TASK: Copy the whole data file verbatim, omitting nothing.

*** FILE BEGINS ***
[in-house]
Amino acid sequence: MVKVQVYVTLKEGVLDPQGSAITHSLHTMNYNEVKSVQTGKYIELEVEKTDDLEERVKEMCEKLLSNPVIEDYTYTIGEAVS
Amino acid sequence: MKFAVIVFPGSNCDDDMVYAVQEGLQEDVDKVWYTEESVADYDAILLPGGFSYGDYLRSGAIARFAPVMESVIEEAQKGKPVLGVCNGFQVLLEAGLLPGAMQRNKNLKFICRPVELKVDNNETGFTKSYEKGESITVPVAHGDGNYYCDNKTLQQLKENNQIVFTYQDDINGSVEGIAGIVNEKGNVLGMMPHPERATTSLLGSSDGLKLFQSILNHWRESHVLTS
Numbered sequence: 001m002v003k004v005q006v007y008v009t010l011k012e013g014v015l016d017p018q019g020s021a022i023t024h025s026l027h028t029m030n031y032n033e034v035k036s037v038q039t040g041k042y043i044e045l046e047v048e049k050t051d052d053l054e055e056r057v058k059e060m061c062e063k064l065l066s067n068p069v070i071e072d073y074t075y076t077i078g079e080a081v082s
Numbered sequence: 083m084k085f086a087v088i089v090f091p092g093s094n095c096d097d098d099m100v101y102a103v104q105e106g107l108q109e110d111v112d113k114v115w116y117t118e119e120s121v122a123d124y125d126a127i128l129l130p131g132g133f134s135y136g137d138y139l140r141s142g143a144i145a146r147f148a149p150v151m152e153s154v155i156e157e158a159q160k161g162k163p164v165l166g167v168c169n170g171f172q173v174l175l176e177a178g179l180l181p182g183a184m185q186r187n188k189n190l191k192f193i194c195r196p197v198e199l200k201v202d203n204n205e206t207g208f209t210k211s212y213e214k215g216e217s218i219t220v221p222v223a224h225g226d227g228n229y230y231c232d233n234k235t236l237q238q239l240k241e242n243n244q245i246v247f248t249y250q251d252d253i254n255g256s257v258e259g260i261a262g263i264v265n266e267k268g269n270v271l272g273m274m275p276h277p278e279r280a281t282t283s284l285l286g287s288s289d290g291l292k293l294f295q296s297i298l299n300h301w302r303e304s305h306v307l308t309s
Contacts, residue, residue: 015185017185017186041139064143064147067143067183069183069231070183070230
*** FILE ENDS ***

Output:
[in-house]
Amino acid sequence: MVKVQVYVTLKEGVLDPQGSAITHSLHTMNYNEVKSVQTGKYIELEVEKTDDLEERVKEMCEKLLSNPVIEDYTYTIGEAVS
Amino acid sequence: MKFAVIVFPGSNCDDDMVYAVQEGLQEDVDKVWYTEESVADYDAILLPGGFSYGDYLRSGAIARFAPVMESVIEEAQKGKPVLGVCNGFQVLLEAGLLPGAMQRNKNLKFICRPVELKVDNNETGFTKSYEKGESITVPVAHGDGNYYCDNKTLQQLKENNQIVFTYQDDINGSVEGIAGIVNEKGNVLGMMPHPERATTSLLGSSDGLKLFQSILNHWRESHVLTS
Numbered sequence: 001m002v003k004v005q006v007y008v009t010l011k012e013g014v015l016d017p018q019g020s021a022i023t024h025s026l027h028t029m030n031y032n033e034v035k036s037v038q039t040g041k042y043i044e045l046e047v048e049k050t051d052d053l054e055e056r057v058k059e060m061c062e063k064l065l066s067n068p069v070i071e072d073y074t075y076t077i078g079e080a081v082s
Numbered sequence: 083m084k085f086a087v088i089v090f091p092g093s094n095c096d097d098d099m100v101y102a103v104q105e106g107l108q109e110d111v112d113k114v115w116y117t118e119e120s121v122a123d124y125d126a127i128l129l130p131g132g133f134s135y136g137d138y139l140r141s142g143a144i145a146r147f148a149p150v151m152e153s154v155i156e157e158a159q160k161g162k163p164v165l166g167v168c169n170g171f172q173v174l175l176e177a178g179l180l181p182g183a184m185q186r187n188k189n190l191k192f193i194c195r196p197v198e199l200k201v202d203n204n205e206t207g208f209t210k211s212y213e214k215g216e217s218i219t220v221p222v223a224h225g226d227g228n229y230y231c232d233n234k235t236l237q238q239l240k241e242n243n244q245i246v247f248t249y250q251d252d253i254n255g256s257v258e259g260i261a262g263i264v265n266e267k268g269n270v271l272g273m274m275p276h277p278e279r280a281t282t283s284l285l286g287s288s289d290g291l292k293l294f295q296s297i298l299n300h301w302r303e304s305h306v307l308t309s
Contacts, residue, residue: 015185017185017186041139064143064147067143067183069183069231070183070230